OCHAZUKE: Hello, Hangover!

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Crowds of fans wait outside the Japanese American National Museum to view the Hello Kitty exhibition on Sunday. (J.K. YAMAMOTO/Rafu Shimpo)

Crowds of fans wait outside the Japanese American National Museum to view the Hello Kitty exhibition on Sunday. (J.K. YAMAMOTO/Rafu Shimpo)

By GWEN MURANAKA

gwen for webIf you were in Little Tokyo this past weekend, you couldn’t miss the Hello Kitty jam. All through the streets, parking lots and sidewalks of J-Town, there were Sanrio fans waiting in line for the first-ever Hello Kitty Con at MOCA.

At local restaurants like Daikokuya and XLIXE, English section’s favorite pizza haunt, the lines were outside the door for the Hello Kitty-themed food, part of a scavenger hunt called (what else?) the Hello Kitty Hungry Hunt.

Pop superstar Katy Perry visited JANM to check out the exhibition on Thursday. When she turned 30 over the weekend, Perry did what any fangirl would do: she got a Hello Kitty tattoo on her middle finger. Here at Rafu we have our own Hello Kitty tattoos, but they are strictly the temporary kind: freebies handed out by MOCA for the convention.

Now that the party is over, there must be a lot of red-bowed, nerd girls surrounded by piles of supercute Sanrio merchandise going through serious Hello Kitty hangovers. Is that much Hello Kitty just a little too much? There must be some boyfriends and husbands who are glad it’s over so they can get back to their fantasy football leagues.

Despite JANM’s best attempt to put a scholarly spin on the Sanrio superstar, I wonder if that message came across to the 25,000 fans here in J-Town or if it wasn’t more a celebration of stuff: coveting, buying, collecting and selling on Ebay.

As I get older I find stuff is the last thing I need. It’s more about time and experiences, and sharing those moments with others. I’m not sure if that’s a sign of maturity (i.e., I’m getting old) or that my place is just too small and my wallet too thin.

Hopefully some of those Hello Kitty fans stuck around to check out what Little Tokyo is really like: browse at Rafu Bussan and Bunka-do, get a coffee at Cafe Dulce, eat some manju at Fugetsu-do, maybe stop to read the names at the Go For Broke monument. Maybe some of those Sanrio geeks will come back and see a show at the Aratani or volunteer at Nisei Week.

While Little Tokyo is having a moment now as a trendy destination, there will always be this deep, layered history that makes it a soulful place, and not just a place to grab a good bowl of ramen and gawk at a certain red-bowed cat.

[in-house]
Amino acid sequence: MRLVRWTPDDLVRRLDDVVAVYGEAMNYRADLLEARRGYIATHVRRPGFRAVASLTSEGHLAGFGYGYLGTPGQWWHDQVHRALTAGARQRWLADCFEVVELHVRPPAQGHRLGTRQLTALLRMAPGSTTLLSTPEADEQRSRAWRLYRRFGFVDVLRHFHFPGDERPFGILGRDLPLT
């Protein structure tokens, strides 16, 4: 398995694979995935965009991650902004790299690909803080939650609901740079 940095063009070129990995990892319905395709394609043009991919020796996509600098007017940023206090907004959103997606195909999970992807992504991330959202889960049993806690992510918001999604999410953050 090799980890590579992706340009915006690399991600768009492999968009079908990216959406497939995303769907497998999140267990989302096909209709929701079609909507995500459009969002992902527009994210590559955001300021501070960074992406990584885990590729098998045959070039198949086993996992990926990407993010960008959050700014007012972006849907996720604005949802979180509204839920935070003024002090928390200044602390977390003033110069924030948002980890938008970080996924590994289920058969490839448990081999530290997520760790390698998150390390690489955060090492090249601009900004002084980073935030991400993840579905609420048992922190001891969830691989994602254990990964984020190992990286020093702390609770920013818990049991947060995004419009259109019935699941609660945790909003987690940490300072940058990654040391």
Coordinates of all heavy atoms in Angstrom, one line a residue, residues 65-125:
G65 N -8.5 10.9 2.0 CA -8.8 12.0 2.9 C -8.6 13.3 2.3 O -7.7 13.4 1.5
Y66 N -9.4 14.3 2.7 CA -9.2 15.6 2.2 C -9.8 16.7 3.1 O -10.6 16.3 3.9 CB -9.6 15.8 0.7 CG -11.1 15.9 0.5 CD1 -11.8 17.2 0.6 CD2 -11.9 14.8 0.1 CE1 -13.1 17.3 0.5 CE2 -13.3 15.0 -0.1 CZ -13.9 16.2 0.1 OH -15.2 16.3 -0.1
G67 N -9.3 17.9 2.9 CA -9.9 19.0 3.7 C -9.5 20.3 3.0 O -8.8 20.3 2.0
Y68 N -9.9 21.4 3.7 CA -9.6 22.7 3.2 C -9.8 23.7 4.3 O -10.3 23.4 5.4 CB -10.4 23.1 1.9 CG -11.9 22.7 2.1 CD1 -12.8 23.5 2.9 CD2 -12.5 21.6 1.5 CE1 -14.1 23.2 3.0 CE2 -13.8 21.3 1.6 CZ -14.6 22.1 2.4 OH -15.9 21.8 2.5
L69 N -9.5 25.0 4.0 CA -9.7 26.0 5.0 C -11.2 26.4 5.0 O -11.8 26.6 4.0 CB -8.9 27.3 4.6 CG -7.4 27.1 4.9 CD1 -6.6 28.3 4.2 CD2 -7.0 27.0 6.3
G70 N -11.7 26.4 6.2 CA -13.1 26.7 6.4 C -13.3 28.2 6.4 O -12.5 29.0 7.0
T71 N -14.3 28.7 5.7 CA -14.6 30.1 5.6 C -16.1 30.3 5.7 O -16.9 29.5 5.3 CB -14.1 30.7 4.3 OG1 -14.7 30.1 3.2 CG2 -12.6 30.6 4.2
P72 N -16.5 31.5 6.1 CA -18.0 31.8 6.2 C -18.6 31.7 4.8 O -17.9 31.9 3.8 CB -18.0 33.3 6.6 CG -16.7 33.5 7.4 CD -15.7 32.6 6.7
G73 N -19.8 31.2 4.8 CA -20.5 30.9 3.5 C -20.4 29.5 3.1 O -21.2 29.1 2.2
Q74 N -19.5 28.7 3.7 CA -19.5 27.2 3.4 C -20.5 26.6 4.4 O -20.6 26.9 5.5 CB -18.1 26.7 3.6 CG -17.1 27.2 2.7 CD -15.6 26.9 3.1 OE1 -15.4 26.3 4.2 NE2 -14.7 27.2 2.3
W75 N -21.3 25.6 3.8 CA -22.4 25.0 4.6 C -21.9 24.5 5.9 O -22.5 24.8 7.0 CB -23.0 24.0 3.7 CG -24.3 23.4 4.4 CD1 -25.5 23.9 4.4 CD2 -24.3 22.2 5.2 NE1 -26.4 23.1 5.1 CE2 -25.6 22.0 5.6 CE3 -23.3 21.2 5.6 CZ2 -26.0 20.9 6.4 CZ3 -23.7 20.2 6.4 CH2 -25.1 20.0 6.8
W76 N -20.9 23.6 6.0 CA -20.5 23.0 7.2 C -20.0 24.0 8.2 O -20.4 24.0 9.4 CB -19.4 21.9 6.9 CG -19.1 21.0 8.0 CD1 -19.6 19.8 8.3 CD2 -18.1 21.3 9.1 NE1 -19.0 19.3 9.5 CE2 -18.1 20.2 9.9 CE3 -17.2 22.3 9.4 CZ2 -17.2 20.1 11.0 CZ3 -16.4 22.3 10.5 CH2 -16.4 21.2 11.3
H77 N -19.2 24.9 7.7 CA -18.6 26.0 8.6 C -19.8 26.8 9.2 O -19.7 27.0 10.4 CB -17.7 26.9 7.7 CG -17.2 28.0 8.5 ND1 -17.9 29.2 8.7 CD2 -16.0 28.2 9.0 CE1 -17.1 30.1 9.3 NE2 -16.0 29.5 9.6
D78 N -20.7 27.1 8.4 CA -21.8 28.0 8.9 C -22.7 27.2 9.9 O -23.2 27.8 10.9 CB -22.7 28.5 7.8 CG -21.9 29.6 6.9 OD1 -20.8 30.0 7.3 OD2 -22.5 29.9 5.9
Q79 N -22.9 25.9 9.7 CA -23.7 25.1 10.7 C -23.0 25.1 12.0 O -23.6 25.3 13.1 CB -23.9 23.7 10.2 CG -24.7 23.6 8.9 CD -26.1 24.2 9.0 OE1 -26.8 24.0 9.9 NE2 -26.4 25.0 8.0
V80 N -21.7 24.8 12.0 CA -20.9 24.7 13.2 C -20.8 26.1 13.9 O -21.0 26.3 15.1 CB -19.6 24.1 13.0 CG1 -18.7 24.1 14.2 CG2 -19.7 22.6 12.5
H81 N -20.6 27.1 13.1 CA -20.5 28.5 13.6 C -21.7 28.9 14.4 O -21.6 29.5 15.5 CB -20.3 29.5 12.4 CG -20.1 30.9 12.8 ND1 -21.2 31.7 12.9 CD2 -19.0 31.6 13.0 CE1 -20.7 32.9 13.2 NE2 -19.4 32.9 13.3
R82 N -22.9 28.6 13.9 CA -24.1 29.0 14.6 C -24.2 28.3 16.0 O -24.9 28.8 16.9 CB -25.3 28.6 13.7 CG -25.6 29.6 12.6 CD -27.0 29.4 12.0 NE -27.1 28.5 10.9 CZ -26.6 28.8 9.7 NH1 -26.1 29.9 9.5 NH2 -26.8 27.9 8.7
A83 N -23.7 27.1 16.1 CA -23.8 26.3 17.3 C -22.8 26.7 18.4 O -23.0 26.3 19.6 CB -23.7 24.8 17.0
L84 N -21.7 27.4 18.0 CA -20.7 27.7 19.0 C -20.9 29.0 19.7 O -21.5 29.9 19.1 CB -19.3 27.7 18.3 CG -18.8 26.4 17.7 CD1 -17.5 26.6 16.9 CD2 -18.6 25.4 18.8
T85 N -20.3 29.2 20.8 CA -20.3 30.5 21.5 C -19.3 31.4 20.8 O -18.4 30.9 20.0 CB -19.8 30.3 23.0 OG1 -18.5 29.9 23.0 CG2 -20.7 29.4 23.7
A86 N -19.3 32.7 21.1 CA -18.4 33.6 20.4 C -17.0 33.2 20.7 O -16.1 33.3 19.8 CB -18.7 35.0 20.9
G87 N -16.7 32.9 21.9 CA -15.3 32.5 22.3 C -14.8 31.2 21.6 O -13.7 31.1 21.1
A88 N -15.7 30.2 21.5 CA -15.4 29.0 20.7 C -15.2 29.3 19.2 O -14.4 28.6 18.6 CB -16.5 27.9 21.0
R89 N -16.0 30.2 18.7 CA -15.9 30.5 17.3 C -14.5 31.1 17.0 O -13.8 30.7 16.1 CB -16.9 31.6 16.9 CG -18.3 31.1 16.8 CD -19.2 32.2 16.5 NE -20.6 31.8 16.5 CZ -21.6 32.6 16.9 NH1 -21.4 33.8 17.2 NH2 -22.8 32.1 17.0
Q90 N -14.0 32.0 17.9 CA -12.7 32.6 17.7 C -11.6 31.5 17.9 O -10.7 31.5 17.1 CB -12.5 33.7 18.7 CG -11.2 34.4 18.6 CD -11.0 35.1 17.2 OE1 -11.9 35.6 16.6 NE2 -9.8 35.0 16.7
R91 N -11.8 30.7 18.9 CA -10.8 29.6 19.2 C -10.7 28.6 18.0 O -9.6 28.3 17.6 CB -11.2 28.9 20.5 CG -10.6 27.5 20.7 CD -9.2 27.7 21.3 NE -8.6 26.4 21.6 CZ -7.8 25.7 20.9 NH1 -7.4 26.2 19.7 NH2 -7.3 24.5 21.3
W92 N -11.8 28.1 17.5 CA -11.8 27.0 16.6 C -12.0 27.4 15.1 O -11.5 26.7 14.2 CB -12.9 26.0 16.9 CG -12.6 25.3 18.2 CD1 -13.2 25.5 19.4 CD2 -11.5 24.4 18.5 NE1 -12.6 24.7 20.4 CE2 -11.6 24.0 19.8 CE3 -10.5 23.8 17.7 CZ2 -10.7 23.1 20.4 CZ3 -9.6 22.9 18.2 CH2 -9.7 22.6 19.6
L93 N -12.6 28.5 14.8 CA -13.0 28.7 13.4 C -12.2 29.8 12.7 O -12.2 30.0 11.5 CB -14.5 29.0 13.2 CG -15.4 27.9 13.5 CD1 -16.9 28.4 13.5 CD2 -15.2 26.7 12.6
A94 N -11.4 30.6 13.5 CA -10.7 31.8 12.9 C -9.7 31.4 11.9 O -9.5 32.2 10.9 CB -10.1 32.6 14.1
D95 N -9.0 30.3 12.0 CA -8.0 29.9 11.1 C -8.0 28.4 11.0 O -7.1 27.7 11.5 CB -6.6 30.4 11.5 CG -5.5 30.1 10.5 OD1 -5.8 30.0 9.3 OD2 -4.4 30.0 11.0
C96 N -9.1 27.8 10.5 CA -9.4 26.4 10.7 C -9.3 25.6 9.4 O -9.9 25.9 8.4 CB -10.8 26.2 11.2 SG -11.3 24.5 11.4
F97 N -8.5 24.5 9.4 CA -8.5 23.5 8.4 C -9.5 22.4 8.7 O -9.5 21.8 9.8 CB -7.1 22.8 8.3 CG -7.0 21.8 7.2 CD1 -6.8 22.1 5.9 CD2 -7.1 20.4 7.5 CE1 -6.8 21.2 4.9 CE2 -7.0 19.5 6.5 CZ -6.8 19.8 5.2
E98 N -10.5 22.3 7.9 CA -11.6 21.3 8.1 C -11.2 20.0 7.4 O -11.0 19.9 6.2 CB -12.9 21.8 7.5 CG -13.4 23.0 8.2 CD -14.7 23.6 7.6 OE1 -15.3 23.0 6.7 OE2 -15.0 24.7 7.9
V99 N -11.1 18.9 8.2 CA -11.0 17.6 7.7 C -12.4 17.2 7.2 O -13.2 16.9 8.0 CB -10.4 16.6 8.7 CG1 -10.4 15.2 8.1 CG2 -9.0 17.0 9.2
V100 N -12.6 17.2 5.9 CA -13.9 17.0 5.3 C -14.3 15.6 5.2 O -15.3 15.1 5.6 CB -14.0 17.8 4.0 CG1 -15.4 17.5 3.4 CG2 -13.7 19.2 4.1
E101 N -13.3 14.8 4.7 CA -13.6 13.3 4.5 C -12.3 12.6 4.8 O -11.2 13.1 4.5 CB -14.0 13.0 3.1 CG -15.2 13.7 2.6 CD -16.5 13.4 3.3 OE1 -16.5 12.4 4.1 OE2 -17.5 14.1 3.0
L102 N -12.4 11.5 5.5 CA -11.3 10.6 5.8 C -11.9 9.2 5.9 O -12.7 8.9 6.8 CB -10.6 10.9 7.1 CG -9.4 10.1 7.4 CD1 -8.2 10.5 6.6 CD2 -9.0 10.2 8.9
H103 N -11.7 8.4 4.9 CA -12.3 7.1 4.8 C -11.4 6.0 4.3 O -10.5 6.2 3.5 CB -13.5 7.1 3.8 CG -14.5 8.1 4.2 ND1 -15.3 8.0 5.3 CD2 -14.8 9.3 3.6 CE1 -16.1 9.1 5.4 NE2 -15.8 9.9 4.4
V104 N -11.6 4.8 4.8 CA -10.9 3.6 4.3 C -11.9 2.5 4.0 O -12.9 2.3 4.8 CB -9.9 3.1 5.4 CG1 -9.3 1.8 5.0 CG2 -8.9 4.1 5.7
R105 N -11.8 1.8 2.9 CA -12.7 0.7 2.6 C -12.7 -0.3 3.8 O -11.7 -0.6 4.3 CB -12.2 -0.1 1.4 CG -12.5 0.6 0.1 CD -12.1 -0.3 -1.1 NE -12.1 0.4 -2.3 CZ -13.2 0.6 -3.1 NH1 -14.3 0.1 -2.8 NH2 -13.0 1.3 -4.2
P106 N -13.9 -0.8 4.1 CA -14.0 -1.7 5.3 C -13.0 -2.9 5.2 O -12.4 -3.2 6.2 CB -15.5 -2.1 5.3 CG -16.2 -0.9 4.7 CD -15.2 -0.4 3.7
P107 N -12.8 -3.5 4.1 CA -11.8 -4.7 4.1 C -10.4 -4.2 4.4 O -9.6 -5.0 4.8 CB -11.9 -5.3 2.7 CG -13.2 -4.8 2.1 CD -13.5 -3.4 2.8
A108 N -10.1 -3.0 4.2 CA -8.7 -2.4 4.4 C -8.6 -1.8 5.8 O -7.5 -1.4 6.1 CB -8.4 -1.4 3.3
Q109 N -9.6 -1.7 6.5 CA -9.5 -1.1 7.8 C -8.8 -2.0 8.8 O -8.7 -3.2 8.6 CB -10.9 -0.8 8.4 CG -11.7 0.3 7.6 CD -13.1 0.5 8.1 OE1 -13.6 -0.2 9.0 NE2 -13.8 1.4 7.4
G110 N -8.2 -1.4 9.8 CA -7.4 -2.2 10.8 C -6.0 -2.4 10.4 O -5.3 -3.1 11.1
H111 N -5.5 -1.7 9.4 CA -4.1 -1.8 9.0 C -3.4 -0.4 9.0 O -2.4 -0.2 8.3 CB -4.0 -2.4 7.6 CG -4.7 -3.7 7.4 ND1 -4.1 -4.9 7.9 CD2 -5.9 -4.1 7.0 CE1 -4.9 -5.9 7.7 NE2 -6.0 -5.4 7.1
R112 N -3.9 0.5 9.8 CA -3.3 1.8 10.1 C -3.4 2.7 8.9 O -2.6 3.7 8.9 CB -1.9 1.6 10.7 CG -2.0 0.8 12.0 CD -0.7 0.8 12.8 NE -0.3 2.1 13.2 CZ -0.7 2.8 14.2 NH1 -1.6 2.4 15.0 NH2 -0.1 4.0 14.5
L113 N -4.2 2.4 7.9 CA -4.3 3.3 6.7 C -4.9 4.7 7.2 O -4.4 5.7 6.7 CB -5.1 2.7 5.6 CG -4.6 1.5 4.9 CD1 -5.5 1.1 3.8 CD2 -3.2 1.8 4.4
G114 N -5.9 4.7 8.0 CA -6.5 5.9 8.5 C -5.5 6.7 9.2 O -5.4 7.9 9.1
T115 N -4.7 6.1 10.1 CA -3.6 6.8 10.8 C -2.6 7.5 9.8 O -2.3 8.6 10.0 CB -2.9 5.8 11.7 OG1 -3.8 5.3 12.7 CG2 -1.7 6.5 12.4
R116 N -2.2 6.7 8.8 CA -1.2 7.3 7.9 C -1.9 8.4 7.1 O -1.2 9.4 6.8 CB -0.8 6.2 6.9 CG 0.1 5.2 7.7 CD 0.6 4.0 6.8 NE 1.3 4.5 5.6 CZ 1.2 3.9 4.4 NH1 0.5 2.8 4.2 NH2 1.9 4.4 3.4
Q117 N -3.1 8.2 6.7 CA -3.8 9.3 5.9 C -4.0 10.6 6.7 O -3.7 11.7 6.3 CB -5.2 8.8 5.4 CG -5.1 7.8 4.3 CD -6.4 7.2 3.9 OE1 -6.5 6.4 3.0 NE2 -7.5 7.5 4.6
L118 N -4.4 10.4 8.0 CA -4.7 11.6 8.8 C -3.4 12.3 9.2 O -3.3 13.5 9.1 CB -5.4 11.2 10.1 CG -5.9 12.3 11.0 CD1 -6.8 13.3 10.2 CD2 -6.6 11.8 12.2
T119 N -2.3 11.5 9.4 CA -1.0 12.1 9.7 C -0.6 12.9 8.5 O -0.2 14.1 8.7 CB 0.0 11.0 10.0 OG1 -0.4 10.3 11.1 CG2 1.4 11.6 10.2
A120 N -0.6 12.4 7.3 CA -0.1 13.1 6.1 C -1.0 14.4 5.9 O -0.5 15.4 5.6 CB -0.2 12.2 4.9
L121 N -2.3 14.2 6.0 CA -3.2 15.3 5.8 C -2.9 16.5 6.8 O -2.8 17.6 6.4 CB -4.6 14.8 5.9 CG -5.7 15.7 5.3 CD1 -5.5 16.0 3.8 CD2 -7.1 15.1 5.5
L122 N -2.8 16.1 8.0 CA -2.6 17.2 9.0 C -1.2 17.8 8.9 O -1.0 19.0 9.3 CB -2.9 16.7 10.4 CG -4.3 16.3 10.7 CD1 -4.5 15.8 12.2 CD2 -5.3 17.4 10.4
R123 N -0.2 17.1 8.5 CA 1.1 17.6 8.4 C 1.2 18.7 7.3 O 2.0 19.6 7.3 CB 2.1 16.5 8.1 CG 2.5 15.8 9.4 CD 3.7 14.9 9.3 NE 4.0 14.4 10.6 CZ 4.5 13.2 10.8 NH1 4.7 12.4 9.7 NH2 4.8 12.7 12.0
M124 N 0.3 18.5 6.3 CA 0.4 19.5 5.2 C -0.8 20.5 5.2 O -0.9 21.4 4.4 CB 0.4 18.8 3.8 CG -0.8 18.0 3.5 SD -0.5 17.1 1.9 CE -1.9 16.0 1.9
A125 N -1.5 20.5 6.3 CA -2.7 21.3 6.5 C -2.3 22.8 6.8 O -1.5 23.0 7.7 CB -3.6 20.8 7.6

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Fuyu persimmons on sale for $3 a pound at Dean and DeLuca in Napa. (GWEN MURANAKA/Rafu Shimpo)

Fuyu persimmons on sale for $3 a pound at Dean and DeLuca in Napa. (GWEN MURANAKA/Rafu Shimpo)

Actually I think I probably am the only one who missed Hello Kitty madness. Eric and I spent the better part of last week up in Napa. The pace is wonderfully slower amid the vineyards and wineries of Napa Valley.

I got to take an early morning jog and saw workers tending grapevines with the autumnal sun rising over the hillside. It was beautiful. Harvest was mostly finished and much seemed timeless and serene, as it always has been. Although scaffolding on some older buildings in downtown Napa shows the region is still recovering from the Aug. 24 earthquake.

Our happy group was led by Dennis Igarashi, who took us to some fantastic wineries and cute hole-in-the-wall restaurants. Of course, Eric, ever the eager cook, prepared bacon-and-egg burritos with homemade tomatillo sauce to fill our bellies one morning.

For lunch one day we stopped at Dean and DeLuca, an upscale market, and picked up little snacks. I had to laugh a little at the basket of shiny fuyu persimmons for sale amid the gourmet cheeses and extra virgin olive oils.

Over the weekend, my stepmom Chris Uriu dropped off a bag of beautiful fuyus that she had received from a friend. Doing a quick calculation in my head, it was a little under $30 worth, at the Dean and DeLuca price. Here at Rafu we probably receive at least several bags every year.

I think Japanese American generosity and the bountiful harvest of kaki is something we shouldn’t take for granted. Especially at three bucks a pound!

Gwen Muranaka is the English editor-in-chief of The Rafu Shimpo and can be reached at [email protected] Ochazuke is a staff-written column. Opinions expressed are not necessarily those of The Rafu Shimpo.

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